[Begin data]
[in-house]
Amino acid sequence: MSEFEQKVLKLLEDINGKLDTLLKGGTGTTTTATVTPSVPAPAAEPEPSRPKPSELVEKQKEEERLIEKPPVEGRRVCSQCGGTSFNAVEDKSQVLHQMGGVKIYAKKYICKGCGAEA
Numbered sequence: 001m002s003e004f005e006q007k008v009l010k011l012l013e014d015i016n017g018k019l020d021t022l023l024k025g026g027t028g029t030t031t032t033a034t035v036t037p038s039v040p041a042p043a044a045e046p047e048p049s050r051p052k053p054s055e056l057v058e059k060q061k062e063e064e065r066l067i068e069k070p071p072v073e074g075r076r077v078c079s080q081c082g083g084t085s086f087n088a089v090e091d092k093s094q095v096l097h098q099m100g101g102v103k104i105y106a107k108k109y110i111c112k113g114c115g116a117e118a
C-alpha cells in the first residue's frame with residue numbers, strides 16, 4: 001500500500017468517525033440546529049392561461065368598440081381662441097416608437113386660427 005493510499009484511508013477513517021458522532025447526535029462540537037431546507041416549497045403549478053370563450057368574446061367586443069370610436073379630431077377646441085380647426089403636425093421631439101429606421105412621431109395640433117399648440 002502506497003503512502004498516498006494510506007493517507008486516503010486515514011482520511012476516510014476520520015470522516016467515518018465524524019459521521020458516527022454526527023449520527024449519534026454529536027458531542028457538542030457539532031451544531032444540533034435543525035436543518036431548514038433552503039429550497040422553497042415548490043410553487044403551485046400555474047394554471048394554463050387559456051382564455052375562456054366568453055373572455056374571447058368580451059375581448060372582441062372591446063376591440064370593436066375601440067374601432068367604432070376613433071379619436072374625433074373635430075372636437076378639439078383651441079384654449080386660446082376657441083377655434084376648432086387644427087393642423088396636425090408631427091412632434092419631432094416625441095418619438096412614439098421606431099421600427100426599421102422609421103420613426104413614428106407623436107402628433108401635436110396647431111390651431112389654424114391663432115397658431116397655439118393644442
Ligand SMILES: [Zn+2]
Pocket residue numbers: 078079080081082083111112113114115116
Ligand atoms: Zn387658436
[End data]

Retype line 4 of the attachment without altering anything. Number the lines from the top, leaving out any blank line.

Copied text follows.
C-alpha cells in the first residue's frame with residue numbers, strides 16, 4: 001500500500017468517525033440546529049392561461065368598440081381662441097416608437113386660427 005493510499009484511508013477513517021458522532025447526535029462540537037431546507041416549497045403549478053370563450057368574446061367586443069370610436073379630431077377646441085380647426089403636425093421631439101429606421105412621431109395640433117399648440 002502506497003503512502004498516498006494510506007493517507008486516503010486515514011482520511012476516510014476520520015470522516016467515518018465524524019459521521020458516527022454526527023449520527024449519534026454529536027458531542028457538542030457539532031451544531032444540533034435543525035436543518036431548514038433552503039429550497040422553497042415548490043410553487044403551485046400555474047394554471048394554463050387559456051382564455052375562456054366568453055373572455056374571447058368580451059375581448060372582441062372591446063376591440064370593436066375601440067374601432068367604432070376613433071379619436072374625433074373635430075372636437076378639439078383651441079384654449080386660446082376657441083377655434084376648432086387644427087393642423088396636425090408631427091412632434092419631432094416625441095418619438096412614439098421606431099421600427100426599421102422609421103420613426104413614428106407623436107402628433108401635436110396647431111390651431112389654424114391663432115397658431116397655439118393644442